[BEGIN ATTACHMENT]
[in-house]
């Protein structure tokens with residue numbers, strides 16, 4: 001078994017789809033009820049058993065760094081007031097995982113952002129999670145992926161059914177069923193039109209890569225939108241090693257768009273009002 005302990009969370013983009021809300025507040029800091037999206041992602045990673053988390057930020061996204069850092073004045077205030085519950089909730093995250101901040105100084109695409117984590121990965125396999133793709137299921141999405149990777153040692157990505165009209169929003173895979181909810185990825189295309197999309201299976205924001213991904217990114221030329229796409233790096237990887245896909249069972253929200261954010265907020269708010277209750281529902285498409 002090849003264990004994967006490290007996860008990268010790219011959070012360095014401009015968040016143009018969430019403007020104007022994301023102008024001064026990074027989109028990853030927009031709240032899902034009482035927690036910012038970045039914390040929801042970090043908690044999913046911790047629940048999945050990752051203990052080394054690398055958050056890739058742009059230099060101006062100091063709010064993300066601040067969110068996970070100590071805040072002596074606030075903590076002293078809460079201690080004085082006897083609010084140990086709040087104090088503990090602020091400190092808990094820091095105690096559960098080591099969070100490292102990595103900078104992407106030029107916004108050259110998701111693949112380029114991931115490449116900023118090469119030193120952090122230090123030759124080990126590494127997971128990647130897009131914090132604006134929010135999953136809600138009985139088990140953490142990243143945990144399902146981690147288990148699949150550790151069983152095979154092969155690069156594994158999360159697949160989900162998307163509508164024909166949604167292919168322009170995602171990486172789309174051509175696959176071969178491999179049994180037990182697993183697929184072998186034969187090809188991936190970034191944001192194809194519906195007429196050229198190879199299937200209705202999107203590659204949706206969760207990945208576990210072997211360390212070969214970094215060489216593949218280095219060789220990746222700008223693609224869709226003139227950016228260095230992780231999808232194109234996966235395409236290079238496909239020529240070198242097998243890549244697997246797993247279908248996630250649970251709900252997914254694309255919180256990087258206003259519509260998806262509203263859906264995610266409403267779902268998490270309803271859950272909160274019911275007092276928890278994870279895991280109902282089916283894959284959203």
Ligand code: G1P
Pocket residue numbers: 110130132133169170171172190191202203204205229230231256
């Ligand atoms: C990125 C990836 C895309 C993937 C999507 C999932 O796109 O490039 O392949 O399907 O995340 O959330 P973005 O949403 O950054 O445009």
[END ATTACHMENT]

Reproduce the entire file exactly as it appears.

[in-house]
């Protein structure tokens with residue numbers, strides 16, 4: 001078994017789809033009820049058993065760094081007031097995982113952002129999670145992926161059914177069923193039109209890569225939108241090693257768009273009002 005302990009969370013983009021809300025507040029800091037999206041992602045990673053988390057930020061996204069850092073004045077205030085519950089909730093995250101901040105100084109695409117984590121990965125396999133793709137299921141999405149990777153040692157990505165009209169929003173895979181909810185990825189295309197999309201299976205924001213991904217990114221030329229796409233790096237990887245896909249069972253929200261954010265907020269708010277209750281529902285498409 002090849003264990004994967006490290007996860008990268010790219011959070012360095014401009015968040016143009018969430019403007020104007022994301023102008024001064026990074027989109028990853030927009031709240032899902034009482035927690036910012038970045039914390040929801042970090043908690044999913046911790047629940048999945050990752051203990052080394054690398055958050056890739058742009059230099060101006062100091063709010064993300066601040067969110068996970070100590071805040072002596074606030075903590076002293078809460079201690080004085082006897083609010084140990086709040087104090088503990090602020091400190092808990094820091095105690096559960098080591099969070100490292102990595103900078104992407106030029107916004108050259110998701111693949112380029114991931115490449116900023118090469119030193120952090122230090123030759124080990126590494127997971128990647130897009131914090132604006134929010135999953136809600138009985139088990140953490142990243143945990144399902146981690147288990148699949150550790151069983152095979154092969155690069156594994158999360159697949160989900162998307163509508164024909166949604167292919168322009170995602171990486172789309174051509175696959176071969178491999179049994180037990182697993183697929184072998186034969187090809188991936190970034191944001192194809194519906195007429196050229198190879199299937200209705202999107203590659204949706206969760207990945208576990210072997211360390212070969214970094215060489216593949218280095219060789220990746222700008223693609224869709226003139227950016228260095230992780231999808232194109234996966235395409236290079238496909239020529240070198242097998243890549244697997246797993247279908248996630250649970251709900252997914254694309255919180256990087258206003259519509260998806262509203263859906264995610266409403267779902268998490270309803271859950272909160274019911275007092276928890278994870279895991280109902282089916283894959284959203």
Ligand code: G1P
Pocket residue numbers: 110130132133169170171172190191202203204205229230231256
């Ligand atoms: C990125 C990836 C895309 C993937 C999507 C999932 O796109 O490039 O392949 O399907 O995340 O959330 P973005 O949403 O950054 O445009």